Page 67 - "The Man Who Married the Beaver"
ISSUE : Issue 43
Published by Ronald Caplan on 1986/8/1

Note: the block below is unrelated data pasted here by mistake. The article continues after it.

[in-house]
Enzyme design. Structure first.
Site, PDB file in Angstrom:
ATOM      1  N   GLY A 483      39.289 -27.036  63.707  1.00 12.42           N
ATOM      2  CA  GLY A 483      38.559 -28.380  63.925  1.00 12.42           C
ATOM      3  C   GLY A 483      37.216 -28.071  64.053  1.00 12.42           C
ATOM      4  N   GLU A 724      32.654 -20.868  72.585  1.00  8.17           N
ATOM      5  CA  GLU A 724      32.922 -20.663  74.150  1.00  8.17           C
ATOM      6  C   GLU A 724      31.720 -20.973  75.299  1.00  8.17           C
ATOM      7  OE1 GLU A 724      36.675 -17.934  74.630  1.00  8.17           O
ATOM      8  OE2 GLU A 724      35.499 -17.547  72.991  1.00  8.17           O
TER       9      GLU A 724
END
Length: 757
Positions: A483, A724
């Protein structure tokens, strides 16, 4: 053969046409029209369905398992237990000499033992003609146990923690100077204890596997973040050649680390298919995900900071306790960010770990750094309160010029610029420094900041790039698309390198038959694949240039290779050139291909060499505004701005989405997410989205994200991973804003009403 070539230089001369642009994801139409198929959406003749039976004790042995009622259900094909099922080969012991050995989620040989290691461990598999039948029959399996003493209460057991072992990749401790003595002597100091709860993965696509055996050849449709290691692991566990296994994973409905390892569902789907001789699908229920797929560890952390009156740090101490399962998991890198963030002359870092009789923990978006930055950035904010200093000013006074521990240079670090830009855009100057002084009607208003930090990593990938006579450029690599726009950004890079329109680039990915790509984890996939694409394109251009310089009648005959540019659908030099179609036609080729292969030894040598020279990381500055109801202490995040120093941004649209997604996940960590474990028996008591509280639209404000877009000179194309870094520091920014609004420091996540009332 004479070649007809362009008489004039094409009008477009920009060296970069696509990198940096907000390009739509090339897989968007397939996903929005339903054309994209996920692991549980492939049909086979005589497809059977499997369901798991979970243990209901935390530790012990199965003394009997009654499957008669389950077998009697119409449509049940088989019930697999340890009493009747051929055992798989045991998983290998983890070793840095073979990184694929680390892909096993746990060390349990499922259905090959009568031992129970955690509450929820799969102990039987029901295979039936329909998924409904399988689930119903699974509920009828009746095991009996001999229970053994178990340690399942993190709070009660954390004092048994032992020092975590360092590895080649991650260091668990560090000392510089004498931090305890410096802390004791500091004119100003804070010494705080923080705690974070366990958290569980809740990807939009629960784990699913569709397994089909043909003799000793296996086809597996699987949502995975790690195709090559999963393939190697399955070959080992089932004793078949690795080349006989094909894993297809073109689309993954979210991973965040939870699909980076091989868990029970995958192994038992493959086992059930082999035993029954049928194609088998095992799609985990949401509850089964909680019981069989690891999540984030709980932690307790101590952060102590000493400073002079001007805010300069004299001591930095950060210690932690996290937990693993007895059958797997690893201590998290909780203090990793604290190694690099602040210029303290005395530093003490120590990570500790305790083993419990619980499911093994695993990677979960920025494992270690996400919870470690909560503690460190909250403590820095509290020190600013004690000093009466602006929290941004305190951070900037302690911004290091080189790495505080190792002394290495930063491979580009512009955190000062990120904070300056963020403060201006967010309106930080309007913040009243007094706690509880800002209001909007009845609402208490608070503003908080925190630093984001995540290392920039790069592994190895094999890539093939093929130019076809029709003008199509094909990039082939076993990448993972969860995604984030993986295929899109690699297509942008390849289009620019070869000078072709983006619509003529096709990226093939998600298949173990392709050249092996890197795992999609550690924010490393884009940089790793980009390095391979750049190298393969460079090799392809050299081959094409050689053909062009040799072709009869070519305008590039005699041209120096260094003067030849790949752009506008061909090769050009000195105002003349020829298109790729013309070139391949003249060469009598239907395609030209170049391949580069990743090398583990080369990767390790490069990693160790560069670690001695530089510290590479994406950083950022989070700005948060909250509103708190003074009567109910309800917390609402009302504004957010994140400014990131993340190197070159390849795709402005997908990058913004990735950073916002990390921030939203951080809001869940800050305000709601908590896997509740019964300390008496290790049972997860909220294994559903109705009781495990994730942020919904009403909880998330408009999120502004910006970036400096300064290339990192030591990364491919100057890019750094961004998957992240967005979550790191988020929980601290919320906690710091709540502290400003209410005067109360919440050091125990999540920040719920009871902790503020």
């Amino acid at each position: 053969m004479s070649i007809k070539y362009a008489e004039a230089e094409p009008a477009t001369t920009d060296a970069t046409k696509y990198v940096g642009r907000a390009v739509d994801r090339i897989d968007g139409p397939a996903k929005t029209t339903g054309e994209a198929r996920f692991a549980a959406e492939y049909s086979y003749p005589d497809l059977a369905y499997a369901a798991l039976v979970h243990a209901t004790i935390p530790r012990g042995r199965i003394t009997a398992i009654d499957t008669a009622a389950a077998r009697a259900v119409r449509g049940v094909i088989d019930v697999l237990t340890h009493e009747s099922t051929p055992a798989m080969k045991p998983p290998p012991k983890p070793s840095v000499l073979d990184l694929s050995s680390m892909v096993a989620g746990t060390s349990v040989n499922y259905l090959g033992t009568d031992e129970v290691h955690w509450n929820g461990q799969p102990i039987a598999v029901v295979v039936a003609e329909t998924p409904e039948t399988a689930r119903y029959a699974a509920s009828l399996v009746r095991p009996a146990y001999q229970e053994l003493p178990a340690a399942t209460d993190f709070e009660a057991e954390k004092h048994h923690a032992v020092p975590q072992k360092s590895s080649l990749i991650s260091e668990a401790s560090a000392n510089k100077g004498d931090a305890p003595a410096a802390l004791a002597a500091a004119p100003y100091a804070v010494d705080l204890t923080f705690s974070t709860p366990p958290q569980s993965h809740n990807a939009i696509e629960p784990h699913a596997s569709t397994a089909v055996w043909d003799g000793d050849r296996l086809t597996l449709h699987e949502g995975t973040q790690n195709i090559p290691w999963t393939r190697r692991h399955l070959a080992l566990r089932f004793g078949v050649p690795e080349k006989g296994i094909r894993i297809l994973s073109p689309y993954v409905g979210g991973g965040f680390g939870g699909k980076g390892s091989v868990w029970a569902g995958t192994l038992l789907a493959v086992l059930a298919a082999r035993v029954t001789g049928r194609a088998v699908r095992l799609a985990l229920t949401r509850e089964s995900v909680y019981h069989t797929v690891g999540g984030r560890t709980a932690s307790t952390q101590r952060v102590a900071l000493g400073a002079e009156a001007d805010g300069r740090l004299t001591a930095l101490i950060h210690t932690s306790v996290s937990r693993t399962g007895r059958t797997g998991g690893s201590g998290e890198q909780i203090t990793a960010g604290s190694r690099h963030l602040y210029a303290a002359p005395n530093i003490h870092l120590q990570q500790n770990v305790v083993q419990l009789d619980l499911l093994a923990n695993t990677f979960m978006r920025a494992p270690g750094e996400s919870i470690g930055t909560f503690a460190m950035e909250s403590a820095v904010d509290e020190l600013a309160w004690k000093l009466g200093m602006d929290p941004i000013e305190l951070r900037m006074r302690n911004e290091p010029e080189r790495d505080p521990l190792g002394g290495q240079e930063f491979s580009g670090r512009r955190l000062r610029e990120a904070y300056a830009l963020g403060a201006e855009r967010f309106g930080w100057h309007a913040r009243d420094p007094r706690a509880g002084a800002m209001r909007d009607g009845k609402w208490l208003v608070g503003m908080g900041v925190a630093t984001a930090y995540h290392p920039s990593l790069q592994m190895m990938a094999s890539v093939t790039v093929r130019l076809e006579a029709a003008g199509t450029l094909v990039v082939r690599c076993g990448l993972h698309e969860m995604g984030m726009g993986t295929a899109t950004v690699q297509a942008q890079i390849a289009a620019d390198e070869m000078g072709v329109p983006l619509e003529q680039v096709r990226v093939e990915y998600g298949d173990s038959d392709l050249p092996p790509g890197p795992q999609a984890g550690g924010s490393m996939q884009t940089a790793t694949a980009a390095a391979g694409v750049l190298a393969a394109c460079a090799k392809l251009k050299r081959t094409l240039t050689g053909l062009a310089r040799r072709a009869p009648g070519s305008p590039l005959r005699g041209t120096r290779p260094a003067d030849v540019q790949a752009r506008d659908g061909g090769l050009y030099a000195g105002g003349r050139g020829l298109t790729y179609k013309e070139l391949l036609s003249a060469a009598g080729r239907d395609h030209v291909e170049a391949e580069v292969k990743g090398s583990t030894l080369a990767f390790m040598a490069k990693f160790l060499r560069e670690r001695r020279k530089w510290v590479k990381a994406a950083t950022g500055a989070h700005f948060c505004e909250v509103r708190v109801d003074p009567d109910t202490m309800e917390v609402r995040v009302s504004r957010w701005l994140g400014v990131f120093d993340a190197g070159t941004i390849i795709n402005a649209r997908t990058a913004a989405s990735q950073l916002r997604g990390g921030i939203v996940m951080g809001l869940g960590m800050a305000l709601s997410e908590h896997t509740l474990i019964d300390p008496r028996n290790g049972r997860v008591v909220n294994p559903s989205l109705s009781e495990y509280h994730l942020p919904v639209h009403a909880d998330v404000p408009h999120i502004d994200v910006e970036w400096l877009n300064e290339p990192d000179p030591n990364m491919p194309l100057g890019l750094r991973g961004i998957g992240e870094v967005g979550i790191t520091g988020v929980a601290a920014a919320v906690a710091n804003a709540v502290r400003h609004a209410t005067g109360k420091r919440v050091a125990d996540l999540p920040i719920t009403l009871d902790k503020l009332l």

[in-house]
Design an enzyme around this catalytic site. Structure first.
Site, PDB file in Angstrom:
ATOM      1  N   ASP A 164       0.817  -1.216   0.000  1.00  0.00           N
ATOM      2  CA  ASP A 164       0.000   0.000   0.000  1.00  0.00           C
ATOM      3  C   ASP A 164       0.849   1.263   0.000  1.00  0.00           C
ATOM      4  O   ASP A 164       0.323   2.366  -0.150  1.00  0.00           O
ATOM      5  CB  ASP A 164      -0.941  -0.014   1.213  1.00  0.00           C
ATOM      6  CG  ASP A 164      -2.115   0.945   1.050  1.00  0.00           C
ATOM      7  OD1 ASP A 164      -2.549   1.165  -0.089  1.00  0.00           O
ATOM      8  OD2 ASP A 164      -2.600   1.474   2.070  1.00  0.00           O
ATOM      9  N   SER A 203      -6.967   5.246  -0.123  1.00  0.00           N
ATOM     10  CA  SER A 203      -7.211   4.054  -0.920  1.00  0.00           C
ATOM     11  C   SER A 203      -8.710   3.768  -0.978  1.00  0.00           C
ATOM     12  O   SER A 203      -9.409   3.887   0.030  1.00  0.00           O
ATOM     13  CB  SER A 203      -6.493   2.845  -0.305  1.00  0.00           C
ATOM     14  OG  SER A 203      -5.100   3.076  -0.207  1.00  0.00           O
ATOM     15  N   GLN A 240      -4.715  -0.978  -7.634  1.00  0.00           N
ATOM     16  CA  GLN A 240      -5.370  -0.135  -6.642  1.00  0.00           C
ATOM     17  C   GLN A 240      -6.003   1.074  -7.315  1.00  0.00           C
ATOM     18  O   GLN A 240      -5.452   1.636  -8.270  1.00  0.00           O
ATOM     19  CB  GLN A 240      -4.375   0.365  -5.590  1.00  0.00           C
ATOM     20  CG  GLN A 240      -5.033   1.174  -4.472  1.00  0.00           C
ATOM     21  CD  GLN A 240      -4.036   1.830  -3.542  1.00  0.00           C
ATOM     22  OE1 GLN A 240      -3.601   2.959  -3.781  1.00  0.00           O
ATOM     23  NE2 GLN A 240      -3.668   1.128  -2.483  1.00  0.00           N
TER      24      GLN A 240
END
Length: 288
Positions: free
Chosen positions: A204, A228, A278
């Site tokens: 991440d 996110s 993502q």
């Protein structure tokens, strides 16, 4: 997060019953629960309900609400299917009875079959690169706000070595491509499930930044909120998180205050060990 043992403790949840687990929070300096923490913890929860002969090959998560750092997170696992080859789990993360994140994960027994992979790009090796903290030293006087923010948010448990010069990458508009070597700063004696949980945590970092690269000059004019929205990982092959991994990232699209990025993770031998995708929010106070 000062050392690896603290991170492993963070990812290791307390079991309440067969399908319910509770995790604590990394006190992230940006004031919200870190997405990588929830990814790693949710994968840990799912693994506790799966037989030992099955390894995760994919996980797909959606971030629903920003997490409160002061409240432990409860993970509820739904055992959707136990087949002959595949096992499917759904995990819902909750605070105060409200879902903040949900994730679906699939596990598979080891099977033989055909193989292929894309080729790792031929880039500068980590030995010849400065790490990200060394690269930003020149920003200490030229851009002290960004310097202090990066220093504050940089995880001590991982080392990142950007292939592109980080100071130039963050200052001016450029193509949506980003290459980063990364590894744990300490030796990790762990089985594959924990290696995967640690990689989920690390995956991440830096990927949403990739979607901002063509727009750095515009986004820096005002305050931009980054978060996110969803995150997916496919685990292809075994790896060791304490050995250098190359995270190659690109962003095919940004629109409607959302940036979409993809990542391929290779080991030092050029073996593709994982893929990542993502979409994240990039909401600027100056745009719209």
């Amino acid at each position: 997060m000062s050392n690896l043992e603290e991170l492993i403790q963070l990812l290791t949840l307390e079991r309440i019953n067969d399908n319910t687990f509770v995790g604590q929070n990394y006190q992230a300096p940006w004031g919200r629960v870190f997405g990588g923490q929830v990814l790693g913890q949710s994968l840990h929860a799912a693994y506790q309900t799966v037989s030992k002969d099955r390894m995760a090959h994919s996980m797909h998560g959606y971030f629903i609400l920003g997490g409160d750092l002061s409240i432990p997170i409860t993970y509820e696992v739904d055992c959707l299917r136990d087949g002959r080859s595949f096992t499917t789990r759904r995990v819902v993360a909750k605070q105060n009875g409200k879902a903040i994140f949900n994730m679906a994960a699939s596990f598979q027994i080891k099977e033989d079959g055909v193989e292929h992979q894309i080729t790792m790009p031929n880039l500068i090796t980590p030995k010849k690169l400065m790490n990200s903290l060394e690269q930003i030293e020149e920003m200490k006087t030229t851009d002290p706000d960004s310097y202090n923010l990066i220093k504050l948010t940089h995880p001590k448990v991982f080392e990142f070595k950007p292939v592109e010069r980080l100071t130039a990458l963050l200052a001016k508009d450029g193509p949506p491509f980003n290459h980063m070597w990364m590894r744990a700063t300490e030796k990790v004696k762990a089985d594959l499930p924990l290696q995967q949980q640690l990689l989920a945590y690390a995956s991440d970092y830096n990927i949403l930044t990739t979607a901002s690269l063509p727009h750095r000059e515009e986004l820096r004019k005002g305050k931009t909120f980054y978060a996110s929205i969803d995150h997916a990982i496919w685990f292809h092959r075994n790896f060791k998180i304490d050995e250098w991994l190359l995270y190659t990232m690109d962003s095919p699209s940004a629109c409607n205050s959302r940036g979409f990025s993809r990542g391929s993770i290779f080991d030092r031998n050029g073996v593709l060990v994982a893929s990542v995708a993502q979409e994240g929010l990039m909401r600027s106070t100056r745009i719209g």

The Man Who Married the Beaver' There was once a young man of the Micmac Indians who was quite a hunter. He had nev? er in all his life done anything but hunt, and was always anxious to go into the woods when the fall came. He would start off all alone, thinking nothing of staying the whole winter by himself in the forest. He was used to being alone, however, for he was an orphan. When he was quite little his father died, and he had always lived with his mother. His mother often remon? strated with him for going alone into the woods and staying so long--she was afraid that he might injure himself in some way, or be taken sick, and there would be no one to help him or take care of him. "You might die," said his mother, "and no one would know anything about it and it would not be easy to find your dead body." The boy said nothing however and though his mother tried hard to persuade him to stay at home he would not do it, and when fall came he was ready to go again. When he had his supplies for the winter ready, he started off and journeyed for some time before he came to the place where he would camp. When he finally reached a place he liked, he struck camp, and leaving all his supplies there he started off trapping. For some time he trapped beavers, going from brook to brook. Finally he came to a brook where there was a whole family of beavers, but it was too late in the evening to set traps for them. The next day he trapped quite a few, and stayed there until he had finally got the whole family. On the night of the day on which he trapped the last of the family of beavers he went to sleep by the brook and dreamed of another brook where there was another family of beavers. The next morn? ing when he awoke he pondered whether or not he would return to his camp or go on until he found the brook which he had dreamed of. Finally he made up his mind that he would search for the brook, so he packed up his things and started on. He travelled all day and night, and all the next day and night--for several days he travelled on until at last he knew that he was lost. He did not know which way to turn to go back to his camp. However he would not stop but kept right on travelling. At last he came to a moose yard in which there were three moose. He killed all three of them, so that even if he stayed there until spring he would be sure to have enough to eat, and then when the spring did come the days would be long and he would be able to find his way back to camp. The next morning, after he had killed the moose, he started on again, and that evening he came to a brook which he followed down stream until he came to a place where a whole family of beavers were. There was a hole in the ice where the bea? vers came out so he fixed himself a place near the hole, and sat down to wait for them, thinking that he would shoot some of them as they came .out. It was about noon time, and the sun shone brightly. He had his bow and arrows close to him and his axe was near by. He seated himself comfortably to wait for the appear? ance of the beavers, and he fell asleep. Just as he was about to awake,, he heard some one speak to him. "Are you asleep?" the voice said. He opened his eyes and saw a nice-looking young girl standing before him. He looked up and said, "Yes, I fell a- sleep." "You must be lonely," said the girl. "I am lonely," said the boy. "Come with me and we will go to my home," said the girl.'- She went to the hole in the ice and dove down in, and the young man fol? lowed her. The bottom of the pond proved to be a road. It was a beautiful day and they walked along until they came to a two- storied house which they entered. Here the young man saw an old man, four boys, and a girl. The young girl who had brought the boy to the house said to the old woman who was there, "Mother, I found my companion." "He is no companion, daughter, he is your husband," said the old woman. So the young man lived with them. In the spring they scattered along the brooks and river. After the ice was gone, they floated down-stream and stayed along the banks all summer. Of course the young man and his wife were together, and they did not know where the rest were. When the fall came again, his wife said, "I think we had better make our way back home for the winter." They started up the river. It IS SOMEONE IMlBlll DESTROYING iM'P' OUR PAST? Y'''' Ttie special Places Protection Act (1980) forbids ttie '''??e- --JY / i / excavation, removal or disturbance of artifacts and ''''B '/' /aL-.' -*/ /x specimens from arctiaeological, historical and ''''H .' >?{ 'O / X' ' paleontological sites, including those beneath wa- ''''B * /y'
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